We all know the value of laughter to help us get through difficult situations. Remember that laughter is the best medicine. In Cancer World, we laugh a lot, but we all know that it matters who is doing the speaking and to whom the remarks are directed. When non-cancer people say something that is intended to be funny, it too often is heard as hurtful or offensive. When we say the same thing among ourselves, it is hilarious. For example, in my metastatic group, women frequently tell stories of the experience of having sharts (figure it out). These awkward, embarrassing, painful moments can be relived together with shared laughter, but we would never discuss them outside the safe confines of our circle.
I often use humor in my practice, and a gentle remark can be a way to enhance the relationship or to help assess depression. If a comment does not elicit a smile, it may be a signal of trouble. Of course I am really careful about this, as the same remark to the wrong person or in the wrong circumstances would be hurtful. The use of humor turns out to be a tough thing to teach new oncology social workers. My advice to our beginners is always to avoid it. Much better not to take the risk.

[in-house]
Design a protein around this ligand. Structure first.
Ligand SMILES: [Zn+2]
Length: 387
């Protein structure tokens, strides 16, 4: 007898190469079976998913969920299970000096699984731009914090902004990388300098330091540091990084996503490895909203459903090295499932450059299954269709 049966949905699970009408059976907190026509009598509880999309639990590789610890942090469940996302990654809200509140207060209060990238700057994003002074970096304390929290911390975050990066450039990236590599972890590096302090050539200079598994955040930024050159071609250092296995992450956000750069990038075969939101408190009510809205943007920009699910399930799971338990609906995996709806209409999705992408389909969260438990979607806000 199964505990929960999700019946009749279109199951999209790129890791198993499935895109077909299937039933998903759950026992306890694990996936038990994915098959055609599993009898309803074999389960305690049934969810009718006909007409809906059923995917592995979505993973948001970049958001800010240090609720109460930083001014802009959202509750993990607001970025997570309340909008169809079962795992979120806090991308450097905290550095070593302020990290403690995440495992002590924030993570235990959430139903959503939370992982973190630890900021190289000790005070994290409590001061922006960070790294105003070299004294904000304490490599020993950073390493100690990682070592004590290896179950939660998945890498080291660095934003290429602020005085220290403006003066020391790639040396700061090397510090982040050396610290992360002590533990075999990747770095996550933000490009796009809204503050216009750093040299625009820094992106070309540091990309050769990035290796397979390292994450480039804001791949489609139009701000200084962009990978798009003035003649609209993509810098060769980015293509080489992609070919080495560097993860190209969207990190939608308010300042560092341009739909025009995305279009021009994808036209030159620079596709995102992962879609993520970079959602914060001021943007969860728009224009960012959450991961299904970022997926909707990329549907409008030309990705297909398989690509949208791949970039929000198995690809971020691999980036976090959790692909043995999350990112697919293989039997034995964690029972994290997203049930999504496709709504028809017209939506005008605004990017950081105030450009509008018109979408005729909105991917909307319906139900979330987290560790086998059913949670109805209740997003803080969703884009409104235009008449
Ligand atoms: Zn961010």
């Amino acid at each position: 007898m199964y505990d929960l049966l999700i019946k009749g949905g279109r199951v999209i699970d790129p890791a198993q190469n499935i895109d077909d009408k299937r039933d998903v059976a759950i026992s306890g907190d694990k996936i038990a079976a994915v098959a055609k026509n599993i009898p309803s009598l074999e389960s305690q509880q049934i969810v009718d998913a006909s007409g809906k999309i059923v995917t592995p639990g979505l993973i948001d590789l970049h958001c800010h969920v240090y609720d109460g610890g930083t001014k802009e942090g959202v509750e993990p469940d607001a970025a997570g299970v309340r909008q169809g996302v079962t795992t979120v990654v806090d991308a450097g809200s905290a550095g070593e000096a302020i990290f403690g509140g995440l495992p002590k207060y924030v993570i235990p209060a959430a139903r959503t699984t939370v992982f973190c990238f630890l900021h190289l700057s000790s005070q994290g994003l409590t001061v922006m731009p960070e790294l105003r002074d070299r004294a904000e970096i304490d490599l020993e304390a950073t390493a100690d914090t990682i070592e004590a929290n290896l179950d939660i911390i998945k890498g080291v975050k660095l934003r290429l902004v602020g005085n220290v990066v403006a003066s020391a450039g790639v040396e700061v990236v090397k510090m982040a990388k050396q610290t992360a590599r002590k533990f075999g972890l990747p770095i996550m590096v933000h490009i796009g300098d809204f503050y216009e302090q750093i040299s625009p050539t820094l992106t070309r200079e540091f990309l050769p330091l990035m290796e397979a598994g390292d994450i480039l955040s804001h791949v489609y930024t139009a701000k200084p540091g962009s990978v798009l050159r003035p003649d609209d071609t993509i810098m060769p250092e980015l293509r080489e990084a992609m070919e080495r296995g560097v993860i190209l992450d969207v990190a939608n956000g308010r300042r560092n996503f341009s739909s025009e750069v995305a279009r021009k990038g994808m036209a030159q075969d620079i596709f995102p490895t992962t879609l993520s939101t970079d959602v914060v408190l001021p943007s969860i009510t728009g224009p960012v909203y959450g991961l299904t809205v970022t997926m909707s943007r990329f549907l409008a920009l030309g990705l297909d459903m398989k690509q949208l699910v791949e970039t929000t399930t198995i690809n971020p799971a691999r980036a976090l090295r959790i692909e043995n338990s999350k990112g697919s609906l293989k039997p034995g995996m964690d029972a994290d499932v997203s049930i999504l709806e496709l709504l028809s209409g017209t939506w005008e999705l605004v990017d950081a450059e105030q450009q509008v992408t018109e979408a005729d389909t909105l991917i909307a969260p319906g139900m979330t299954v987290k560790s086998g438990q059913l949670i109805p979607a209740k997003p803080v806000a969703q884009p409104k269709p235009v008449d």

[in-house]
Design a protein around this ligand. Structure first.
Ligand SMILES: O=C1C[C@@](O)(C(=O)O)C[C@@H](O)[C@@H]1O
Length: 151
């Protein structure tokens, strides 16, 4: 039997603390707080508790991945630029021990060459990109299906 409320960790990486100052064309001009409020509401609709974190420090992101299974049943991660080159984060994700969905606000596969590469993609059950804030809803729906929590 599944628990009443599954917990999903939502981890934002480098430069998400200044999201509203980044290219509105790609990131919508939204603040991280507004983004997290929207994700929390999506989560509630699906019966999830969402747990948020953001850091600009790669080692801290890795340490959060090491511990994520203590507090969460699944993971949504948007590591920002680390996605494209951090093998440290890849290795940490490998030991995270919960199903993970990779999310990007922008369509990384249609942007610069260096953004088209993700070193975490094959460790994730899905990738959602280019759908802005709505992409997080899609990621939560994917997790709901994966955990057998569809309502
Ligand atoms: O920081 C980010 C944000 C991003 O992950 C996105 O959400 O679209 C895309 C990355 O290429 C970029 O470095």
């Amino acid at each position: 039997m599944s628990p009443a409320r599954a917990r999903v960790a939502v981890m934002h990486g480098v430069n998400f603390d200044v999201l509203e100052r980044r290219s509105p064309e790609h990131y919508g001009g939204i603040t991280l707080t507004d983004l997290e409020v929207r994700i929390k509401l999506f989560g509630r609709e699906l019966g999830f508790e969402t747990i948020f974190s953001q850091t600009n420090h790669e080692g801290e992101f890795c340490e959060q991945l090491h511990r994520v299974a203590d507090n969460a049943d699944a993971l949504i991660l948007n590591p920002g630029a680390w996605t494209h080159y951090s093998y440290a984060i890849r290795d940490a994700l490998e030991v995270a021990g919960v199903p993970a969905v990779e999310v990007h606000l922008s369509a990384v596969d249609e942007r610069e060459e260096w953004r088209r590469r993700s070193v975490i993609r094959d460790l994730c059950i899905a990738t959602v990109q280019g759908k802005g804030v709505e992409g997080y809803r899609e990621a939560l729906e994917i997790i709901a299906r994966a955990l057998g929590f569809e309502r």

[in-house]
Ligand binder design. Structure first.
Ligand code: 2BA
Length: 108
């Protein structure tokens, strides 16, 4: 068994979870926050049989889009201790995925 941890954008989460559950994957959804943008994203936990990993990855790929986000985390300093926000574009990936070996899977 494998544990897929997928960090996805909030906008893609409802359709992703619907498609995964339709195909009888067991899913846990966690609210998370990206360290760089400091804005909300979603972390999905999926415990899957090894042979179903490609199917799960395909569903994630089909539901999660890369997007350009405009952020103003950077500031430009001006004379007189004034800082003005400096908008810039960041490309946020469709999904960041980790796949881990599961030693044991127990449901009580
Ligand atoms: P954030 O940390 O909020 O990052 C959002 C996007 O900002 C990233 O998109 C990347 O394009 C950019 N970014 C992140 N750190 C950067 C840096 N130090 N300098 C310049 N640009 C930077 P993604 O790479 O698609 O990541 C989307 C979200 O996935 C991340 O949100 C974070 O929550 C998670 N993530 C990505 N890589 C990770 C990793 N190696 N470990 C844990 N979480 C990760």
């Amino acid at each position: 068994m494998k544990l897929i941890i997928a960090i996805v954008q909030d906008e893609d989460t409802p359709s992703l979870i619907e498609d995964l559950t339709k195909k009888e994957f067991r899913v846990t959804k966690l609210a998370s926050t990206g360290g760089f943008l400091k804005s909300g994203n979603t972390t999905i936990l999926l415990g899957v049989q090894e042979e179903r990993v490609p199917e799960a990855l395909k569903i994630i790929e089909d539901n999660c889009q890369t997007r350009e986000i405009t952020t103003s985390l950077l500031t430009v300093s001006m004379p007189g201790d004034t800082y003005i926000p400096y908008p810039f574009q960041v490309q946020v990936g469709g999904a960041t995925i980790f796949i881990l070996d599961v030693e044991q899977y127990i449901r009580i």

From Susan Gubar comes this terrific and funny essay:
During periods of hardship, laughter can lighten the load. Cracking up may be a better option than breaking down, or so the recent publications of three young adults with cancer suggest. Somewhat discomfiting, the jests of these authors serve as an antidote and alternative to the despairing negativity or fake positivity that plagues patients like me. Their punch lines zing with pleasure that offsets the pain of their edgy insights.
In Nina Riggs’s memoir “The Bright Hour,” she tells of commiserating with a friend who is also dealing with triple negative breast cancer. They imagine starting a business called Damaged Goods, which would sell a line of morbid thank-you cards:
“Thank you for the taco casserole. It worked even better than my stool softeners.”